Direct Federal Students Loans: a Better Option Than Relying on Private Lenders
AS COLLEGE admissions are being finalized, thousands of high school seniors are deciding where they will enroll -- and soon it will be time for their families to worry about how to pay for those educations. Often, that means loans.
Young students are risky borrowers: They have little or no income and no collateral, and they often need lots of money for tuition, room and board. But it is essential that every qualified student be able to pay for an education. So, since 1965, government subsidies have all but guaranteed profits to private lenders that issue higher-education loans that carry single-digit interest rates and terms that students wouldn't find in the private market. Long controversial, that system broke down last year when private lenders couldn't raise money during the credit crunch. The feds had to swoop in with emergency financing.
In other words, no one -- not even the student loan industry -- can claim the system is working.
President Obama's budget, released yesterday, would eliminate the subsidies to private lenders. The subsidy scheme is too expensive, many experts claim -- much more so than a parallel program under which the Education Department uses Treasury funds to lend money to students directly. The Office of Management and Budget estimates that the government could save $41 billion over 10 years by putting all federal student lending under the government's Direct Loan Program. The Congressional Budget Office says that savings would be more like $94 billion. Mr. Obama wants to put those savings toward increasing and then guaranteeing Pell Grants for low-income students.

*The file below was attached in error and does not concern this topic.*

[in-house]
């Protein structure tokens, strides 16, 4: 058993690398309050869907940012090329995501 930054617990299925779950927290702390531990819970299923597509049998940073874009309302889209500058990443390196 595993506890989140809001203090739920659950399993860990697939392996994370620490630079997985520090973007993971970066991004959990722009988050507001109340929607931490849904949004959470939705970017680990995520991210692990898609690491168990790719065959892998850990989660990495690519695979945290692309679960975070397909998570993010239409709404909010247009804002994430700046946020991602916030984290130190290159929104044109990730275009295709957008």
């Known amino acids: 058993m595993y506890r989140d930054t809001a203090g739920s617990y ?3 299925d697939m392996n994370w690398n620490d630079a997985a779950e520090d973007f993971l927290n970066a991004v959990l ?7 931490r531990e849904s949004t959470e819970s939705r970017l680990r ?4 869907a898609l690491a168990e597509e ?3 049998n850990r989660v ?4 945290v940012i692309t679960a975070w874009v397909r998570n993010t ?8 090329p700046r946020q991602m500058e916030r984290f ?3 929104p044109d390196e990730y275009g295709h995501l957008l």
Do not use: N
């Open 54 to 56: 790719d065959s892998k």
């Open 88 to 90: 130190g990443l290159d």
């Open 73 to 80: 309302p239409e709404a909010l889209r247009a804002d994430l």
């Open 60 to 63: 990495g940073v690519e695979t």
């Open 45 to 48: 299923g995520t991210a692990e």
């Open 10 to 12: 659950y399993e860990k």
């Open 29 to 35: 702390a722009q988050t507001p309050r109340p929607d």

Industry representatives challenge the figures, but not convincingly. They also argue that the private lenders provide special services, such as default-prevention counseling, to students after loans are issued. But under Mr. Obama's plan, the government would use private companies to service the loans it originates. A sensible competitive bidding process should result in the cost-effective delivery of services after origination.
We see little compelling reason to continue propping up private lenders. Sallie Mae, the largest private lender, agrees. Its compromise proposal would also allow private firms to originate loans and then pass them on to the Treasury in return for fees. Sallie's proposal might sell better in Congress, but lawmakers should get a clear sense of what it would cost. An early estimate indicates it could capture only 82 percent of the savings of Mr. Obama's plan over five years.
Congress could adopt Mr. Obama's sensible plan to reduce these subsidies without buying into his desire to essentially turn Pell Grants into an entitlement program. The president can't count on all of his projected savings to materialize. Even if he could, Congress should maintain the flexibility to adjust the Pell Grant program's funding as budgets demand.